Using queries and SPARQL in tabulator
This tutorial will show you how to perform a few different kinds of simple queries within the tabulator and make tables of the results.
It will also explain how to use the SPARQL tab in the tabulator to build more complex queries by hand.
If you are an experienced SPARQL user, please visit this page for a detailed
specification of the features of SPARQL that are supported in tabulator.
- At this point, you should have the tabulator loaded on your browser. Make sure you
are using firefox - the tabulator is only supported in firefox - and have your
about:config set to allow cross-domain browsing.
- In the tabulator, you should see a list of URIs (e.g. The tabulator project) with icons that allow you
to expand them. This area of the tabulator is called the outliner. Click on the icon next to "The tabulator
project". When this node expands, you will see a new bunch of expandable URIs. Expand "Adam Lerer" under "developers". Now, click on the "AIM chat ID" field
in this node; it should turn green.
By highlighting this field, you are constructing a query that will find all tabulator developers with AIMChatIDs and display them. To select multiple
fields, use the Alt-key. Note that you are selecting the predicate (AIMChatID) and not the object (adamlerer).
- Next, you want to create a table with the results of this query. Go to the tabbed views at the bottom of the page and select "View and Save Query".
You will now see a list of all the developers with an AIM chat ID.
- Suppose you are actually interested in a list of all the tabulator developers, but would like to also see a column with their chat ID if they
have one. To do this, you must make the AIMChatID field optional. Go to the SPARQL tab and click on the radio button next to Query #1. You will see some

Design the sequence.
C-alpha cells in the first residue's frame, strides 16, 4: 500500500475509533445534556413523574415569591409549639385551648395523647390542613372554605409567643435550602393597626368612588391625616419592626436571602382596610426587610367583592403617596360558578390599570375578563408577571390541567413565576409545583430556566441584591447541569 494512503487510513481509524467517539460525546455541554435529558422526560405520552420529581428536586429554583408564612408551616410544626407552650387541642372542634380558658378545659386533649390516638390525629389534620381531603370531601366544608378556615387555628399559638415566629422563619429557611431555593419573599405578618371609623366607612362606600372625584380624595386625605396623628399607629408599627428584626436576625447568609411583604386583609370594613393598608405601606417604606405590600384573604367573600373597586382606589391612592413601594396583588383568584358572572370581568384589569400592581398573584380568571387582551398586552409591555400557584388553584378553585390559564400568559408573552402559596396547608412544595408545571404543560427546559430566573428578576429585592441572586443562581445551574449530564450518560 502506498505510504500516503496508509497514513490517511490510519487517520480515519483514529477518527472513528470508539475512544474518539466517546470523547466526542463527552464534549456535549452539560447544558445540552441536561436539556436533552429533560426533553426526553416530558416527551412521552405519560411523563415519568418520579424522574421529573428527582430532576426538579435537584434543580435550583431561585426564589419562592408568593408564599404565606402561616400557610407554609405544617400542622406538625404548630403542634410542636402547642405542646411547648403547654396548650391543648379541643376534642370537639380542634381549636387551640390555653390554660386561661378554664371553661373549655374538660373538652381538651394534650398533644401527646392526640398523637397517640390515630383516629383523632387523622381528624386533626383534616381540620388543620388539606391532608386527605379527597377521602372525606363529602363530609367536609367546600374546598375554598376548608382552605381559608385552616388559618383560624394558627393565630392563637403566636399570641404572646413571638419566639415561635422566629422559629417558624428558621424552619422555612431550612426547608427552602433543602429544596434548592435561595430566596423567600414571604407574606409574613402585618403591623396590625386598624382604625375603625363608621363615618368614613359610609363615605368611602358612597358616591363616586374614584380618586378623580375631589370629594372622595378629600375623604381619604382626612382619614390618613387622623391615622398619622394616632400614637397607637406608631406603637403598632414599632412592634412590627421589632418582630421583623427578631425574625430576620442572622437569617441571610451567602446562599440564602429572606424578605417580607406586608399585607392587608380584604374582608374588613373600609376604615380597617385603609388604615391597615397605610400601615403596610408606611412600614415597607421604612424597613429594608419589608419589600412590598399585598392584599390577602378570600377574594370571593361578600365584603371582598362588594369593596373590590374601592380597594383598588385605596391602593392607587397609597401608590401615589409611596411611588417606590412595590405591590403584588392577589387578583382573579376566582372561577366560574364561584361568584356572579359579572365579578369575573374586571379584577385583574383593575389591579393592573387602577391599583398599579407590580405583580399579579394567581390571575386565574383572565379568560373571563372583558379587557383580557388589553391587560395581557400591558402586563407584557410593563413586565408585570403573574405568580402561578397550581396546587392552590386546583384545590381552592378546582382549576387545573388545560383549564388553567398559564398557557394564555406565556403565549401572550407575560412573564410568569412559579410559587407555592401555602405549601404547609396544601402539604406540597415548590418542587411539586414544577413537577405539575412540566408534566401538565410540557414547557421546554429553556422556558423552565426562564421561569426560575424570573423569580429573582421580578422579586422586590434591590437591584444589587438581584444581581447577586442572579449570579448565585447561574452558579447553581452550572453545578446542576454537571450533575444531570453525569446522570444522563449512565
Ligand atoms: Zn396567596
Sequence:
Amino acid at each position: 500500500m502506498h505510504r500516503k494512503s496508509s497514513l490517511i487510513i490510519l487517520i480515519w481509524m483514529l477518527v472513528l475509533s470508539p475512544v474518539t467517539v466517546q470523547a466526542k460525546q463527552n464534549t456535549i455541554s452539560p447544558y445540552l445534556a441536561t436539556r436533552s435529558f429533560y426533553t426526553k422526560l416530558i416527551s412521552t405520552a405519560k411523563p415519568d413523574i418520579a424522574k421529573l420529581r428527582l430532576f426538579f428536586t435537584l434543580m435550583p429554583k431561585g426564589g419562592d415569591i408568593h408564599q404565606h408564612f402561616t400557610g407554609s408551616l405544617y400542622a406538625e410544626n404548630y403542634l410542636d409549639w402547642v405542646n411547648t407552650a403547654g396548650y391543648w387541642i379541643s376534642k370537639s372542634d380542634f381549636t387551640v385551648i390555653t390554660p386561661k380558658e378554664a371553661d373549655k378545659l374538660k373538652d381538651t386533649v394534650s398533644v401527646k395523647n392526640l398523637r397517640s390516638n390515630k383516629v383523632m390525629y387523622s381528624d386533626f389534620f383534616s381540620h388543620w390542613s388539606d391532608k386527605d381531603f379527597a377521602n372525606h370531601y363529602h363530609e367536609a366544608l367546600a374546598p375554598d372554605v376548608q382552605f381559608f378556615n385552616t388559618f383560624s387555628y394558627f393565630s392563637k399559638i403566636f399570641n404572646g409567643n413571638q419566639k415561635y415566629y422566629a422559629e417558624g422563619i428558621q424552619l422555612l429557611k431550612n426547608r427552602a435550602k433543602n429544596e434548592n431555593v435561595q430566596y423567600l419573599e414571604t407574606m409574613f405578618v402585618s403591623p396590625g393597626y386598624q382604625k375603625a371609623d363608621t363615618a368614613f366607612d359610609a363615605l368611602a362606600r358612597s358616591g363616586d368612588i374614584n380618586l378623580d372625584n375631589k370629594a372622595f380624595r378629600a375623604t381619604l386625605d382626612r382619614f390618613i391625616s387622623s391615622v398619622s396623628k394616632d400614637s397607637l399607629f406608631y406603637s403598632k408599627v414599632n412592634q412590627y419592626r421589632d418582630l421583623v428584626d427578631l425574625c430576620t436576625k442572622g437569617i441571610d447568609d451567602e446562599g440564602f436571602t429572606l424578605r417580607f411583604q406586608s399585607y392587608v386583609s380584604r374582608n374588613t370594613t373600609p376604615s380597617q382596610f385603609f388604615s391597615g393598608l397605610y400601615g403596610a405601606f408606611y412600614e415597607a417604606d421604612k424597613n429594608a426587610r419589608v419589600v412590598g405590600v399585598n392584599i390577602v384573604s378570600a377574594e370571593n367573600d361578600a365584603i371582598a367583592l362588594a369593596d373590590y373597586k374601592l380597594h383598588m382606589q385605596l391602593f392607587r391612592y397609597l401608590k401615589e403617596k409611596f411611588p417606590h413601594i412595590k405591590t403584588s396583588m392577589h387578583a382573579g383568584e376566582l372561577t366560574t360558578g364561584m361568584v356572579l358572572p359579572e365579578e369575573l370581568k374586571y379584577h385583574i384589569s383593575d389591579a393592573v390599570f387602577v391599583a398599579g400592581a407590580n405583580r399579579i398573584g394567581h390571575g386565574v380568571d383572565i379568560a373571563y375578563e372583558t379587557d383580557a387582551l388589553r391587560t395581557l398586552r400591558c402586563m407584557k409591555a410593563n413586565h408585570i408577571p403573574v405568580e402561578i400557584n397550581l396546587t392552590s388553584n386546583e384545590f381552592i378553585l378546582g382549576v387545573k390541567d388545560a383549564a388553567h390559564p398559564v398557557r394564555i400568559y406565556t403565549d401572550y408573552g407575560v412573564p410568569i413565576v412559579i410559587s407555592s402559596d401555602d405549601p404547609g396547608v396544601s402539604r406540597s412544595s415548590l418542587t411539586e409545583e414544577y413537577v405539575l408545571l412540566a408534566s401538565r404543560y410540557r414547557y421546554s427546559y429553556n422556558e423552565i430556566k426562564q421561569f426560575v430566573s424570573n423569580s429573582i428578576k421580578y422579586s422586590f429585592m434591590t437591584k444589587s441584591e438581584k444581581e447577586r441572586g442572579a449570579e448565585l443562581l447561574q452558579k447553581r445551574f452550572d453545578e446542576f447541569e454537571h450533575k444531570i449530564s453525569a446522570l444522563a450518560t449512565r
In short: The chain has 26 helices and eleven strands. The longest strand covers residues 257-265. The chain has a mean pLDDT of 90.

text in the textbox; this is a specification of your query in the SPARQL query language. The symbols ?v0 and ?v1 are the variables you are looking for in
in your query - ?v0 is the developer, and ?v1 is the AIMChatID. Variables must begin with the '?' character. If you look at the text within the WHERE brackets,
there are two sets of three symbols separated by periods. These triples specify the pattern you are looking for. The first triple means "Tabulator developer ?v0"
and the second says "?v0 AIMChatID ?v1".
We want to make the second statement optional; this way, the tabulator only looks for ?v0 which are developers,
but finding the AIM is optional. To do this, wrap the second triple in curly brackets starting with "OPTIONAL" as below. Hit "Submit Query" to make a
new query with your changes. To keep track of your queries, you may want to give them names that specify what they are about. We named this new query
"Dev's with optional AIM".
- Now, switch back to the Table tab, select your new query, and you should see a list of all the developers with their optional AIMChatID. Note that
the headings are now v1 and v2. This is because Tabulator no longer knows what the fields are about, since you entered them in a SPARQL query. You can
change their names, as you will soon see.
- Let's make a new query from scratch. Go back to the outliner view and find the expanded node for "Adam Lerer". Highlight the element "Mr" under
title. Notice that this time we are highlighting the object and not the predicate. This tells tabulator to filter the results so that
only developers with title "Mr" are displayed.
- Now go back down to the tabs, switch to the SPARQL tab, and hit "View and Save Query". You should see a new query; name it "Mr's".
instead of looking for all the developers with title "Mr", we want to find developers with title "Sir". In the filter, change ?v1 == "Mr" to
?v1 == "Sir". Make sure to leave the spacing around the parentheses. To make the variables easier to understand in the table, you can try changing all
the instances of ?v0 to ?developer and all the instances of ?v1 to ?title.
Finally, we don't really want to see a column for ?title, since we already know what the title will be. So remove ?title from the top of the SPARQL
query right after SELECT (the SELECT section specifies which variables will be put in the table). Pres "Submit SPARQL" and name the new query "Sirs".
- Switch back to the Table tab, select "Sirs", and you should see a table with the one "Sir" on this team. Notice that the column head is now "developer"
instead of v0.
- Now, if for some reason you would like to save this one result, you can click "Export as HTML". In the popup window, go File->Save, and save this page.
You will now have an HTML table which you can save and use for other purposes.
- If you would like to save the query itself, so that you can start up the tabulator some other time with the same query - which you can edit, make tables/
maps/calendars with, etc. - go back to the SPARQL view, select the query in the sidebar, and click "Get link to selected query." Now, copy the link from the
You can paste this into firefox's address bar at any time to reopen tabulator with this query already in the query sidebar.